Eradicating Medication Errors within EHR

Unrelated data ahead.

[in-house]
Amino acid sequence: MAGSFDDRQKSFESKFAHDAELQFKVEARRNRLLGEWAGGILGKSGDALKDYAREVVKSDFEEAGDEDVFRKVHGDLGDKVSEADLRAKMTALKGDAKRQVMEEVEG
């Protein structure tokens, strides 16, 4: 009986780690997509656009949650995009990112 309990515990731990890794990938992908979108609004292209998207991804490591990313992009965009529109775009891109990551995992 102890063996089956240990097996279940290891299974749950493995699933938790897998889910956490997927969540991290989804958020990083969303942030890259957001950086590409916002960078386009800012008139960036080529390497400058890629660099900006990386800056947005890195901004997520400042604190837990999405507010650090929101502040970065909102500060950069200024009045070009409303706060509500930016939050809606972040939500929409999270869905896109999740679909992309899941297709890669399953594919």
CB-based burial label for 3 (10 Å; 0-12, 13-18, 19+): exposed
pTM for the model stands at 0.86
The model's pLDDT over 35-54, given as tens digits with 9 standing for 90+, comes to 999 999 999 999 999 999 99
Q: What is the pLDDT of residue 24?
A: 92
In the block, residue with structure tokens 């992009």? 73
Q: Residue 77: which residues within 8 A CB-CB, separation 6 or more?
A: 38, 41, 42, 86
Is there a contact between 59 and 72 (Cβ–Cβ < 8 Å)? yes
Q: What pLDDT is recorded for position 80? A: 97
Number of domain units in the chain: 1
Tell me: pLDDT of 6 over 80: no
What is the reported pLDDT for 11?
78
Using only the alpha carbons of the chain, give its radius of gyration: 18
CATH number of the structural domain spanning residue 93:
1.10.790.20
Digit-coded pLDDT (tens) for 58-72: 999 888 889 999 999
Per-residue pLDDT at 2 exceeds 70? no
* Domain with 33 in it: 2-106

Eradicating Medication Errors within EHR ORDER NOW FOR CUSTOMIZED AND ORIGINAL ESSAY PAPERS ON Eradicating Medication Errors within EHR A 20 page plus research paper. i will provide the reference to be used in this paper as well as an example of how this paper should be. Eradicating Medication Errors within EHR david_marc__example_research_proposal.docx research_protocol_1__2.doc Running head: GRAPHICAL USER INTERFACE DESIGN FOR A PATIENT MONITORING Graphical User Interface Design for a Patient Monitoring Device in an Intensive Care Setting: Implications of Learning David Marc University of Minnesota- Twin Cities Health Informatics Graphical User Interface Design for a Patient Monitoring Device in an Intensive Care Setting: Implications of Learning Project Summary The ICU demands that clinicians make fast and accurate decisions. Current patient monitoring devices are not conducive to this environment because the technology is difficult to learn how to use. Current devices have been attributed to an increase in medical errors due to their obtrusive and cognitively demanding functionalities. Evaluation of schema theory and cognitive load theory provide a foundation for designing and evaluating the usability and learnability of patient monitoring graphical user interfaces (GUIs). By identifying the schemas of clinicians with varying degrees of clinical knowledge and experience one may be able to design a GUI that is optimized for the user. The GUI must minimize cognitive load for all users including those that have minimal computer skills. If such a GUI is designed for patient monitoring devices, the knowledge barrier in learning how to use the technology may be lowered thereby supporting the diffusion of the device across an organization. In addition, if the GUI is easy to learn, users may find that the technology is invisible to their routine and therefore are able to spend more time caring for patients. The purpose of this proposal is to evaluate newly designed GUIs for patient monitoring devices as they relate to user performance. The proposed study will examine the efficiency, accuracy, and cognitive load of users with varying levels of computer competencies as they use GUIs that were designed from different mental schemas. The ultimate goal of a patient monitoring device is to supplement medical professions tasks while they care for the patient so that critical events can be detected early and be resolved before an injury occurs. Although we are far from incorporating an error proof and efficient patient monitoring GUI that meets the needs of all users, careful design and experimentation may prove to be invaluable for meeting such a goal. Project Description Rationale The intensive care unit (ICU) is a fast-paced, high-risk, high-stress environment where large amounts of various types of information are needed by medical staff for making clinical decisions. In this setting, the interactions between people and medical devices, specifically patient monitors, is paramount for the efficiency and efficacy of tasks. Patient monitors were first introduced as a way to supervise patients in an automated, efficient, and accurate fashion (Malhotra, 2005). These devices were designed to supplement medical professional’s tasks while they care for patients (Malhotra, 2005). Specifically, a goal of monitoring devices is to detect critical events early so they can be resolved before an injury occurs (Eichhorn, 1989). However, research has demonstrated that approximately 67-90% of alarms generated by monitoring devices are false positive, leaving it up to the clinician to determine the appropriate clinical action (Cropp, 1994; Meredith & Edworthy, 1995). The efficacy of patient monitors is largely dependent on the actions of the clinicians. If a clinician fails to react appropriately to an alarm this may increase the possibility for introducing a medical error. Research has demonstrated that inappropriate decisions made by clinicians through interactions with monitoring devices are a contributing factor to medical errors (Malhotra, 2005). Current intensive care unit (ICU) monitoring devices provide discrete data points and discrete alarms that alert clinicians when a parameter is outside a determined range. The cognitive demand of the clinicians in quickly processing such information so they can act accordingly is not conducive for an error-free setting. Investigations into the failure of monitoring displays have demonstrated that the usability of the devices contributes to the increased cognitive demands (Drews, 2008). Interestingly, research has begun to explore the integration of graphical displays that would enhance the ability to process the information accurately and quickly (Görges et al., 2011; Effken 2006; Effken et al., 2008). Yet, much of this research has failed to examine the implications of learning on the design of the graphical user interface (GUI) to maximize the usability while minimizing the demands for training. The lack of effective GUI design has partly been a result of failing to incorporate adequate knowledge of the cognitive processes and working practices of the eventual users. Specifically, users have expressed major concerns regarding the difficulty at learning how to use the medical devices especially in their current workflow (Terry et al., 2008). When considering the ICU, the usability of an information display is crucial. The typical GUI for patient monitoring in an ICU has the purpose of displaying a patient’s physiological parameters (Figure 1). It is typically the responsibility of the nurse or physician to check the monitors on a regular basis to ensure the patient is stabile. As shown in Figure 1, the physiologic parameters most commonly used in an ICU setting include blood pressure (BP), oxygen saturation of the blood, heart rate, temperature, electrocardiogram (ECG), and respiratory rate. Critically ill patients may also require hemodynamic monitoring using a pulmonary artery (PA) catheter which measures central venous pressure, right atrial pressure, PA pressure, and cardiac output (Drews, 2008). Clinicians must integrate all of these rapidly changing physiologic parameters to develop a clear and qualitative mental representation of a patient’s current state. In cases of unexpected, potentially life-threatening events, the cognitive demands increase as clinicians are required to interpret new data for problem detection and rapid intervention. Because of the high cognitive demand for data integration there are reduced available cognitive resources for other important tasks such as taking corrective actions, documentation, and communicating with physicians and/or other nurses. In situations with considerable interruptions to the task at hand, errors and deviations from the necessary treatment plans can arise (Rivera-Rodriguez & Karsh, 2010). A display for monitoring a patient’s physiology where staff can cognitively process changes in information rapidly and easily may avoid such problems (Agutter et al., 2003). The monitoring displays must be optimized for the task at hand and the user so the displays can act as cognitive aids rather than a hindrance. When considering the design process of a GUI, it is typically engineering-centric rather than a user-centric. Displays that are developed in high-risk fields such as aviation and power plant control are often designed for monitoring purposes. These monitoring systems often utilize a single-sensor-single-indicator (SSSI) approach where a single indicator is controlled by individual sensor (Brock, 1996). For instance, if a sensor determines the fuel level is low on an airplane, an indicator might alarm the pilot. In healthcare, monitoring tasks target natural systems, such as a patient, where the specific task can be highly dynamic. An engineering-centered display that utilizes the SSSI approach tend to yield data in a sequential, fragmented form that make it difficult and time-consuming for clinicians to develop a coherent understanding of the relationships and underlying mechanisms of the displayed parameters (Drews, 2008). Despite these limitations, the patient monitors in the typical ICU adopt an SSSI approach for displaying information (Figure 1). It is likely that the SSSI design does not support the cognitive processes of the clinicians to efficiency manage the information while also caring for patients. Figure 1. G3L Multi-parameter ICU patient monitor Research has also explored GUI design methods based off of the needs of the intended users. Because clinicians are forced to examine past and present individual physiological parameters to identify any inconsistencies between the patient’s history and current status, clinicians have stated that a graphic representation of data over time would be best for displaying trend information (Drews, 2008). In one study, nurses found fault between the information provided on a monitor to guide them versus the knowledge they needed to have previously acquired in order to navigate successfully through a menu (Drews, 2008). This study suggests that the cognitive demands of not only processing fragmented information about the patient but also the burden of learning how to use the monitor has great implication for the usability of the patient monitors. Current engineering-centric design processes fail to encapsulate the user’s cognitive capacity to process information to ensure efficiency and accuracy of clinical tasks. The goal when learning a new technology is that at some point the user is confident in their skills so that the technology is virtually invisible to the user. This way, the technology only becomes background to the relevant task at hand. Unfortunately, in the healthcare domain, the implications of not adequately learning how to use technology can quickly result in dire consequences, such as medical errors. Also, if the technology is designed in such a way that a user has difficulty reaching a learning stage where the technology is virtually invisible to their routine, the technology will persistently be intrusive and user acceptance will wane. In an intensive care setting where attention to the patient is essential, any distractions can potentially be life threatening for a patient (Rivera-Rodriguez & Karsh, 2010). If the usability and learnability of patient monitoring medical devices improves, there may be a positive impact on efficiency and accuracy of use as well as user acceptance (Drews, 2008). Eradicating Medication Errors within EHR Researchers have developed the diffusion, adoption, and acceptance theories to explain how people adopt, accept, and use complex organizational technologies (Rogers, 2003). The knowledge-barrier institutional-network approach of explaining the diffusion of technology in an organization may help shed light on the current usability issues in the United States. Attewell (1992) introduced the concept of learning how to use a technology and diffusion of that technology across an institution. That is, the assimilation of complex technology is characterized as a process of organizational learning, wherein individuals and the entire organization acquire knowledge and skills necessary to effectively apply the technology. The burden of learning the complex technology can create a knowledge barrier that inhibits diffusion. Therefore, institutions must work to lower the knowledge barriers to encourage diffusion of the technology. In many cases, institutions may defer adoption until such knowledge barriers have been sufficiently lowered. Studies have examined the implications of such theories on the adoption of electronic health records (EHRs) and suggest that current external (i.e. standards, pay for performance) and internal (i.e. education, costs) factors may support adoption. One internal factor that was suggested as a target is educating physicians (Ford et al., 2006). For example, Ford and colleagues (2006) suggest that implementing training programs in medical schools to rely on EHRs can serve to accelerate universal EHR adoption. Arguable, this would be supported by designing EHRs that are easier to learn how to use. Interestingly, in the healthcare setting the incorporation of traditional learning theories has largely been ignored in the design of systems. Although most learning theories where developed for purposes of explaining textbook instructions, classroom instructions, and one-on-one tutoring, research has generalized these concepts for GUI design. Two such theories can be applied to GUI design: Schema theory and cognitive load theory. The earliest developments of Schema theory first emerged with the Gestalt psychologists and Piaget but was formally recognized and defined by Bartlett in 1932. However, during the behaviorist era, Bartlett’s work was largely ignored. It wasn’t until 1967 where Ulric Neisser’s influential book “Cognitive Psychology” revitalized the theory, thus promoting the use of Schema theory in psychology to grow and proliferated into other disciplines, notably the cognitive and computational sciences. Schemas can be defined as ways of viewing the world, that is to say, developing mental representation of general categories of objects, events, or people (Berstein, Roy, Skrull, & Wickens, 1991). An example of a schema for “drinking with a cup” is composed of the cognitive organization of: learning to see a shape, recognizing it as a cup, grasping the cup, opening your mouth, bringing the cup to the mouth, tipping the cup up, and swallowing the contents in the cup. Piaget proposed that learning is the result of forming new schemas and building upon previous schemas. Paiget (1964) proposed that two processes guide learning: (1) the organization of schemas, and (2) adaptation of schemas. The adaptation of schemas can be further explained as the assimilation of new information into existing schemas and the flexibility of current schemas for accommodating new information. Similarly, in a series of experiments, Bartlett (1932) demonstrated that information that individuals retain is neither fixed nor immutable but rather changes as our schemas evolve with our experience of the world. Therefore, when considering the implications of Schema theory and learning how to use technology, novice versus experiences users of technology may learn differently depending on their previously defined schemas. Shapiro (1999) examined the relationship between prior knowledge and interactive overviews (a method of organization) during hypermedia-aided learning in users with varying experience levels. They found that novices benefited more from organization than did users with prior knowledge of the subject matter. Importantly, the novices required information about the semantic relations between ideas and relied heavily on tools and the GUI to help them find meaning in the information. When considering how these results relate to Schema Theory, it is evident that novice users learn best when pre-organized schemas were presented. The question remains, however, as to who should originally organize these schemas. In an effort to answer this question, McNamara (1995) compared two groups of math learners. One group simply read math problems and read the solutions and another group read math problems and worked out, or generated, the solutions. McNamara (1995) found that low-prior-knowledge and average-prior-knowledge students benefited most when they generated the solutions, rather than simply reading the solutions. They described their observations by suggesting that learners are usually better at retaining information which they generated themselves compared to retaining information which was generated for them. In contrast, Larkin and Simon (1987), proposed that instructor generated schema building would be better for learning in that it would make learning more efficient and less time consuming which would expedite cognitive processing. Therefore, there isn’t a consensus on what schemas should be used for developing educational information. Although this is conjecture, if these concepts are generalized to GUI design the previous knowledge and experiences of users may be related to user performance. A user might perform best when the GUI was designed using the knowledge of users that have similar schemas. This way, the user could easily adapt to the GUI because it is aligned with already established mental representations of the information. Interestingly, this has never been examined experimentally. The design process of GUIs for healthcare typically utilizes expert knowledge which might put novice users at a disadvantage for learning the technology (Effken, 2006; Effken et al., 2008). Therefore, it would be interesting to examine user performance of GUIs designed from expert schemas compared to novice schemas. The second learning theory, cognitive load theory, has also been considered in literature related to GUI design. Cognitive load refers to the amount of information processing expected of the user. It is predicted that the less cognitive load a user carries, the easier they should learn. Research conducted by Sweller (1988) explored the relationship between cognitive load and learning for developing educational materials. The number of elements intended to be learned and the interactions between these elements can contribute to increased cognitive load and act as a hindrance to learning (Sweller, 1988). In later research, Sweller and colleagues (1994) suggested that the interactivity of elements can increase cognitive load more than the number of elements. In healthcare, physicians must store large amounts of information about the patient and understand interactions between various clinical events, such as diagnoses, medications, and laboratory data. It is evident that the environment contributes to an increase in cognitive load. In fact, increases in cognitive load in a healthcare setting have been attributed to providing poorer care (Burgess, 2010). However, since the development and implementation of certain technology, such as EHRs, physicians have reported a decrease in cognitive load (Shachak et al., 2009). Particularly, EHRs prevent clinicians from having to recall excessive amounts of information because patient data is readily available and readable. In addition, the EHR information supports clinical reasoning better than paper records due to improvements in readability and implementation of decision support aids (Shachak et al., 2009). Eradicating Medication Errors within EHR In research related to computer use, the degree of cognitive load and the perception of usability have shown to be dependent on the experience of the users (Rozell & Gardner, 2000). Users with little experience using computers have displayed high levels of anxiety which has been attributed to decreases in performance (Johnson & White, 1980). In a study that examined student performance on a computerized aptitude test, users with more computer experience had better performance than users with less computer experience (Lee, 1986). When considering the healthcare setting the past experience of the users should be considered in designing a GUI in order to minimize the cognitive load for users. Suggestively, prior EHR experience, computer-aptitude, and user attitudes may be factors related to the learnability and usability of the GUI. Interestingly, the relationship between the GUI, computer-aptitude, and performance in an ICU setting has not been researched in the past. Past studies has demonstrated that older computer users have lower performance (i.e. time to complete task) in basic computing tasks (Riman et al, 2011). Surprisingly, the decrease in performance wasn’t a function of experience but was contributed to a decline in mental operations related to visual and auditory acuity (Riman et al., 2011). Regardless of the cause of low computer aptitude, the relationship between computer skills and user performance as it relates to the GUI design is not typically considered. Optimally, a GUI would be designed in such a way that users with little computer experience would still be able to learn how to use the technology quickly and accurate performance. Patient Monitoring Graphical User Interface Design Several studies have examined patient monitoring GUI design as it relates to some aspects of usability and learning. Effken (2006, 2008) has conducted several studies that explored clinical display design in an intensive care setting and the relationship with medical errors. Effken (2006) argues that medical errors may arise due to the large numbers of data elements that clinicians must integrate and synthesize to evaluate a patient’s status (Effken, 2006). Furthermore, currently available physiological monitors do not offer the necessary organization or context for improving the cognitive load. In fact, research has shown that clinicians misinterpret data from physiological monitors quite frequently (Andrews & Nolan, 2005). Effken (2006) developed a patient monitor that compiles and synthesized data from several sources using an ecological psychology framework. Ecological psychology is based off of the work of Gibson (1986) who stressed the importance of the environment and its interactions with an organism. Gibson (1986) claimed that animals evolved to perceive meaning from complex systems that are essential for survival. He laid the foundation for describing perceptions as a direct process, which contradicted the current cognitive psychologists understanding as an indirect process. Cognitive psychologists claim that human perceive options as a mental representation and interpret the meaning of the object based on previous knowledge that was acquired or learned. In contrast, ecological psychologists claim that learning and memory are not involved in perception but rather an animal’s senses allow that to directly understand and interact with its environment. Vicente and Rasmussen (1992) adapt Gibson’s theory for designing an ecological graphical user interface. The focus of the ecological display is on the work domain or environment, rather than on the end user or a specific task. Therefore, the GUI is designed to work within the constraints of the environment and allow the user to directly perceive the intended actions. Eradicating Medication Errors within EHR Effken (2006) began the GUI design process for the monitoring device by employing a Cognitive Work Analysis (CWA) which focuses on identifying work domain constraints. The constraints can be classified as five different types: Structure of the work domain, organizational coordination, worker competencies, potential strategies, and activity within work organization and decisions (Vicente, 1999). The purpose of Cognitive Work Analysis is to identify and map out those constraints so that design efforts may take explicit account of them. Next, the decision making tasks of expert clinicians was determined using Rasmussen’s decision ladder. Rasmussen’s decision ladder is a process of capturing formative decision-making processes (Rasmussen & Jensen, 1974). From the information they gathered, they developed an ecological prototype design which was validated using a cognitive walkthrough analysis with clinical experts. A cognitive walkthrough is a task analysis where users and developers specify the sequence of steps required to accomplish a task (Nielsen & Mack, 1994). Along the way, any issues are recorded and then compiled. The system is typically redesigned to address the issues identified. The prototype display is presented in Figure 2. The order of the data elements was determined from the results of the CWA. The display also presented clinically important relationships among data elements. Figure 2. Screen shot of the prototype ecological display as developed by Effken (2006) In Effken’s (2006) experiment, the ecological prototype display that was developed as described above was compared to two alternative displays. The first alternative display used bar graphs that are aligned by body system and organized based on current clinical flow sheets (Figure 3a). The second alternative display used bar graphs that were organized based on the results of the CWA. The primary difference between the ecological prototype display and the alternative displays was that the alternatives did not show relationships among the data elements. Twenty novice ICU nurses and 13 medical residents were randomly presented the ecological display and one of the alternative displays where 5 different patient scenarios were randomly selected for each display. Previous computer experience, critical care knowledge, and knowledge of hemodynamic monitoring were assessed prior to viewing the displays. Upon viewing the display the participants were asked to choose the appropriate treatment based on the physiological parameters and the patient history. An interface was developed where the participants could click on particular treatment buttons to begin or stop a treatment. Based on the treatment the participants provided, the physiological parameters on the display changed accordingly. The investigators measured treatment initiation time and the percentage of time patient variables were kept within a target range. Also, the participants were told to think-aloud in order for investigators to gain insights into the cognitive processes that underlie the participant’s decisions. Based on the results of the experiment, the medical residents rated their computer scores slightly higher than the nurses, yet they both scored similarly in terms of general ICU knowledge scores. When considering a mixed model effect of performance (i.e. time to initiate treatment and percent of time parameters were kept normal), medical residents performed best when using alternative display 2 (A2 > Ecological display > A1) while nurses performed best when using alternative display 1 (A1 > Ecological display = A1). In terms of overall performance, the ecological display did not aid in performance. When considering Effken’s (2006) research, the concept of learning was largely undermined. For instance, alternative display1 offered the best performance for the nurses and coincidently the display was organized based on current clinical flow sheets. Based on the concepts of schema theory, one could surmise that the nurses had well established schemas already organized (i.e. clinical flow sheets) and therefore they were able to learn how to use alternative display 1 fastest because the layout of the display was in-line with their cognitive processes. The medical residents’ performance was best with alternative display 2. This may have been due to the fact that the CWA was developed from discussions with expert ICU clinicians. Since the nurses were novices while the medical residents were more experienced, the mental schemas of these two groups may have been drastically different. It is likely that the expert ICU clinicians would have similar mental schemas to the medical resident rather than the novice nurses. Therefore, given that alternative display 2 was organized based on the CWA, the medical residence may have acted fastest and more accurately with this display because it easily adapted to their prior mental schemas. In addition, due to the complexity of the ecological prototype, the nurses and medical residence may have found the display difficult to use because their prior schemas did not coincide with the display. In addition, the ecological prototype was designed to show interactions between data elements, which may have increased cognitive load. Research suggests that high element interactivity results in high cognitive load, even if the total number of elements is small (Sweller & Chandler, 1994). Lastly, the investigators found that the medical residents had slightly higher scores for computer aptitude yet failed to demonstrate if this was a confounding factor in their analysis. The performance of the subjects appears to be related to their experiences and their expectations based on what they learned in the past (i.e. schemas). As stated by Effken (2006), the novice participants ignored several of the displayed variables because they were unfamiliar with them. In addition, the more experienced physicians preferred a display (i.e. alternative 2) that was organized based on the CWA results. Interestingly, Effken (2006) demonstrated that the organization of the display was more important for performance than displaying relationships between the data elements. However, the investigators did not explain why performance was different between the two groups of subjects and how the organization of the alternative displays could have led to differences in performance. In addition, the applicability of these findings outside of a laboratory setting is questionable. A huge limitation in the experimental design was the lack of comparison to current ICU patient monitors. The investigators evaluated the performance of clinicians using two novel displays. Therefore, it is possible that currently available patient monitoring devices offer superior performance when compared to any of the displays that Effken (2008) developed. These limitations were overcome in a study by Görges and colleagues (2011) where they compared two novel displays to a current patient monitoring device in an ICU setting. Görges and colleagues (2011) examined the impact of the patient monitor’s GUI on the accuracy of clinical decisions and mental workload of nurses in a triage setting. Görges and colleagues (2011) developed two displays by employing a user-centered design process and compared user performance to a traditional patient monitoring device. One experimental display included a strip-chart (Figure 4a) whereas the other experimental display used a clock-like chart (Figure 4b). The control was a traditional patient monitoring display (Figure 5). The displays include heart rate (HR), mean arterial pressure (MAP), continuous carbon monoxide (CO), blood oxygen saturation (SpO 2 ), ventilation minute volume (MV) over a 12-hr period sampled in 2-minute intervals. The darker background color on the graphs indicates non-alarming levels. If the parameters went beyond the alarm levels, the measured value was filled in red, whereas levels below the alarm levels were filled in blue. The yellow highlight of the numerical value also indicated an alarming level. In addition, the displays included the status of syringes with the name of the medication and time left until empty. Figure 3. Two alternative displays that were used in the Effken (2006) experiment. (a) Bar graphs are aligned by body system and organized based on current clinical flow sheets; (b) bar graphs are ordered based on the results of the CWA. a. b. The study was conducted in the break room of an ICU where nurses sat at a computer monitor and were shown 20 pairs of patients on all three displays with the presentation order being randomized. They were asked to determine which of the 2 patients required their attention first. Prior to viewing the displays, the participants were offered a training session to familiarize them with the data elements of each display. The times to reach a decision and whether the decision was correct were recorded. The participants also filled out questionnaires to determine task load and user preference. Overall, nurses made decisions fastest with the bar strip-chart display (strip-chart < clock graph < control). When compared to the control display, nurses made decisions 28% faster. The overall accuracy was best with the clock display (clock graph > strip-chart > control). When comparing specific tasks, the bar plot display was best at identifying stable patients, while the clock display was best at identifying near empty syringes even though both displays showed identical syringe icons. Workload scores related to frustration were lower for the two experimental displays when compared to the control display. The majority of nurses preferred the control display (56.2%) followed by the clock display (25.0%) and then the strip-chart (18.8%). All the nurses mentioned that they liked the syringe icon. Figure 4. The graphical displays that were developed by Görges and colleagues (2011). (a) strip-chart; (b) clock-like graphs. a b Figure 5. The traditional patient monitor display that was used in the study by Görges and colleagues (2011). Interestingly, even though the novice nurses had some previous experience using patient monitors similar to the control disp